As I’ve been meditating on the Passion Week I’m struck once again at the process of it all. Jesus spends 3 years unveiling Himself to the disciples. He tells them…shows them…lives in front of them this message that He’s not who they think He is, and His way is not what they’re expecting. By the time we get to Gethsemane and Jesus’ offering His unbound hands to the soldier, He is effectively saying, “We’re not walking familiar-to-you-paths anymore. The journey from here walks into a way of being that changes everything.” And then He invites them to follow.
Recently I’ve been thinking a lot about my reflexive actions. Too often I respond to situations or conversations with assumptions that have been true in the past, but in changing times, may not be as true now. These assumptions are so ingrained that I may not even know I’ve made one until the response coming back to me doesn’t match what I expected. These assumptions can be about everything: what a person wants from me in a conversation, what kind of help is needed in crunch time, how things “ought” to proceed, the outcome we’re looking for, how I am viewed, how God sees me…the list is endless really.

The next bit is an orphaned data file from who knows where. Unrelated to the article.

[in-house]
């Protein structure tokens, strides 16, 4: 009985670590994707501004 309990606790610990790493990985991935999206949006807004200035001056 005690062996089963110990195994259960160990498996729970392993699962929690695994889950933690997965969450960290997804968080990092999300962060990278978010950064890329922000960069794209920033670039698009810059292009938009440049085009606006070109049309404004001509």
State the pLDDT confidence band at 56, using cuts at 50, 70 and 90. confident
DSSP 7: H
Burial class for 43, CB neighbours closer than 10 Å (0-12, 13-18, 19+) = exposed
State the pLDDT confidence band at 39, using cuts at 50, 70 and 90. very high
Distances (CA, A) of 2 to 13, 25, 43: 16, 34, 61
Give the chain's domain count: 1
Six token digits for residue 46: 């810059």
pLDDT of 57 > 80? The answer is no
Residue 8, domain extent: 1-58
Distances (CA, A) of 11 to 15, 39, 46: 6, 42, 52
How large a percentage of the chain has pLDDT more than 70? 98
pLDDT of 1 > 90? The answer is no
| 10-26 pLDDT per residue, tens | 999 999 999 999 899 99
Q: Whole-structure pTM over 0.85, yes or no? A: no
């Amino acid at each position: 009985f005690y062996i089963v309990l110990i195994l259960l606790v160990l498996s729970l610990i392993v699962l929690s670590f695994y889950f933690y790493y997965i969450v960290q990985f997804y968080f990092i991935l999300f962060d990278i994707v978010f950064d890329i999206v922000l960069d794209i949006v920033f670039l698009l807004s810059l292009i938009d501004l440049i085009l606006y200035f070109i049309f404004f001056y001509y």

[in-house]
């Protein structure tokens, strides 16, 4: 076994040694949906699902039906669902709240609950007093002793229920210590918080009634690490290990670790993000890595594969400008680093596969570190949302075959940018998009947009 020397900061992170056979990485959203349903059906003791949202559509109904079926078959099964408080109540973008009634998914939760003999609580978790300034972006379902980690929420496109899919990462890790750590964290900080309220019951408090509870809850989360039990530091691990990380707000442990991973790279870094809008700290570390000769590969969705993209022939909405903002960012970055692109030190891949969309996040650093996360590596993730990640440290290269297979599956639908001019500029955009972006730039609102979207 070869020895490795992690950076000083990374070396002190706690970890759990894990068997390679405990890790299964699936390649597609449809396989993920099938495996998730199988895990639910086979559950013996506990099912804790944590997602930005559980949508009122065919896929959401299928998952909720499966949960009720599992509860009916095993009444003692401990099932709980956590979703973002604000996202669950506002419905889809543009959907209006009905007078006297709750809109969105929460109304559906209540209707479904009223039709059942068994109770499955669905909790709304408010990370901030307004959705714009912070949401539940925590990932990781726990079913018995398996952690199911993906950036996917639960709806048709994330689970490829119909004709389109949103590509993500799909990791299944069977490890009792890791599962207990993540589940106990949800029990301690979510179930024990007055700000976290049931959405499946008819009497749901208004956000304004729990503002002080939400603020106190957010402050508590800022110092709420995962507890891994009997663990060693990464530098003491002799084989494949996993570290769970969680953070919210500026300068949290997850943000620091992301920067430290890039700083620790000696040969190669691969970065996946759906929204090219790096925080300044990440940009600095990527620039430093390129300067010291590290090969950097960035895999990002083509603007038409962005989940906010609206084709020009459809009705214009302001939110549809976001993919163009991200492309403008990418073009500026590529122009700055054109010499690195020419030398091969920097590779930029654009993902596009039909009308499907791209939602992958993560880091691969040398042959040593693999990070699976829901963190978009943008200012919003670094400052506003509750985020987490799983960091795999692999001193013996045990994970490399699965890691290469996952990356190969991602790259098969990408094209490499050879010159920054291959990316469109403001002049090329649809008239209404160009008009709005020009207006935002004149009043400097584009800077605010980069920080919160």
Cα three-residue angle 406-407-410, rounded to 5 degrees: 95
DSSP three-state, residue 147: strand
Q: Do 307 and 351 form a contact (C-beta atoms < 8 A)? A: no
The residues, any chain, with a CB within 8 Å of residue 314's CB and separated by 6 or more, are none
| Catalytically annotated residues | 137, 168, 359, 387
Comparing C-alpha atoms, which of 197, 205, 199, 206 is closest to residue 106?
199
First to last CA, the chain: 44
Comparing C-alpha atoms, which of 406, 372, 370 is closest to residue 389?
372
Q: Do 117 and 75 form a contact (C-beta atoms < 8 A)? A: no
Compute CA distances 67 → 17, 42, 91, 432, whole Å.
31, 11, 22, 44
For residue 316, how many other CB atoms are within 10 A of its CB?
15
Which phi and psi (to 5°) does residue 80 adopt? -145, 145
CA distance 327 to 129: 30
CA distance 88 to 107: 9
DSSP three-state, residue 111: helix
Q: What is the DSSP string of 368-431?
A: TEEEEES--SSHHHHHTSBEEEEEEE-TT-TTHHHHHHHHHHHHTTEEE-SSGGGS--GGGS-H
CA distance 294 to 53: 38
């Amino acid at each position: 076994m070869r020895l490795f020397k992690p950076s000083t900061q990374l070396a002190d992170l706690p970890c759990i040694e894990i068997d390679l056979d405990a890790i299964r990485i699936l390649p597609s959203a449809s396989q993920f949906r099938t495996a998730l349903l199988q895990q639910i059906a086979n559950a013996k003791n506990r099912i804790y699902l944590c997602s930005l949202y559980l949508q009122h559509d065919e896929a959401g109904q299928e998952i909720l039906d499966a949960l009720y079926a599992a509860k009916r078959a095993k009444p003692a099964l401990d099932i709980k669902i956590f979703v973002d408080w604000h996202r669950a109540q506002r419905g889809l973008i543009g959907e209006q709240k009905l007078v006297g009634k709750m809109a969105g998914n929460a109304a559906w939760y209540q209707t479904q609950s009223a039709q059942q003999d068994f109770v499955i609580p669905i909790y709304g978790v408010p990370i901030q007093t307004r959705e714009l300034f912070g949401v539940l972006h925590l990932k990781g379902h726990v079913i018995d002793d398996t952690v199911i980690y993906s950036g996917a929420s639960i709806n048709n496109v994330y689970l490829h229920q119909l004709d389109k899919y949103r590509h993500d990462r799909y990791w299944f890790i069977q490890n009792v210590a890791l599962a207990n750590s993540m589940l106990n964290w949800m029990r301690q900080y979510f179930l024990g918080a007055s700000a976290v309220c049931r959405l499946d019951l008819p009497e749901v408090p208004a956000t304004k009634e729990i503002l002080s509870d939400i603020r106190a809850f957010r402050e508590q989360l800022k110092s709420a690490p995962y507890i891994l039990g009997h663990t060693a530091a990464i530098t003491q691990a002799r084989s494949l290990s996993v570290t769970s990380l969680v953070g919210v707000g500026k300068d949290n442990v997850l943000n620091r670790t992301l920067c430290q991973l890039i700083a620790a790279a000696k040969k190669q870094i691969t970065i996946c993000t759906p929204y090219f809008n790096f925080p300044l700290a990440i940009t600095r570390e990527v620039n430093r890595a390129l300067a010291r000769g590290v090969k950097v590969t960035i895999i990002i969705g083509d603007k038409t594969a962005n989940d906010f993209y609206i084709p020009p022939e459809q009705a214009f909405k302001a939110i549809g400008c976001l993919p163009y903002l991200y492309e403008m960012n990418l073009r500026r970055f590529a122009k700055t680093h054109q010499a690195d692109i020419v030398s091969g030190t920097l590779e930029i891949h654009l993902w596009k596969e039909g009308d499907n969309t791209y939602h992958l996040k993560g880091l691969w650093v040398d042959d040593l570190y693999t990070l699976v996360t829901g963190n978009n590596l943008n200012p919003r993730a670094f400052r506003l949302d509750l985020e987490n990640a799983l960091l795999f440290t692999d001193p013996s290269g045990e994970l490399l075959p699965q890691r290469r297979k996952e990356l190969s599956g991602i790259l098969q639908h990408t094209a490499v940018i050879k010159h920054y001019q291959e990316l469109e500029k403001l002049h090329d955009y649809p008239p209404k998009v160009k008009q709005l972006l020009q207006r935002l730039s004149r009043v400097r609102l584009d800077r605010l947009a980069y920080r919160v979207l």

Sun shining the past several days has felt so good. Warmer air, the smell of grass, birds calling to each other…change is literally in the air…change of all kinds. How tempting it is to skip through the change process to answers and activities we love. Often the work involved can seem to take over everything. It doesn’t take long before we get depleted. The waiting for answers, direction, or relief wearies us. The lack of normalcy in rhythm, task and sheer enjoyment of life can make us feel out of sorts, off kilter or like we can’t quite get solid footing.
I am one of those TCK’s (Third Culture Kids) who, at 57 years of age, still stumbles when answering the question, “Where’s home?” Do I answer it currently, historically, emotionally, or from a family perspective? In some situation’s it’s really hard to know. For the longest time, I tried really hard to make location encompassing enough to genuinely answer the question. But it never did work.
This morning as I was thinking through my day, I felt anxiety tighten my chest and creep into my shoulders. I felt the inward clamoring of stuff: an email needing to be answered right away, the writing deadline in front of me that needed inspiration, the upcoming events that require preplanning.
“Who thought this was a good idea?” cried my heart to my mind. How is it that we invest the whole of our lives into kids only to launch them into their own place in this world apart from us? What was, won’t be again. The season, the era, definitively over…And my heart aches. Sentimentality and nostalgia over years of joys, hardships, wins and losses form a warm image of “good.”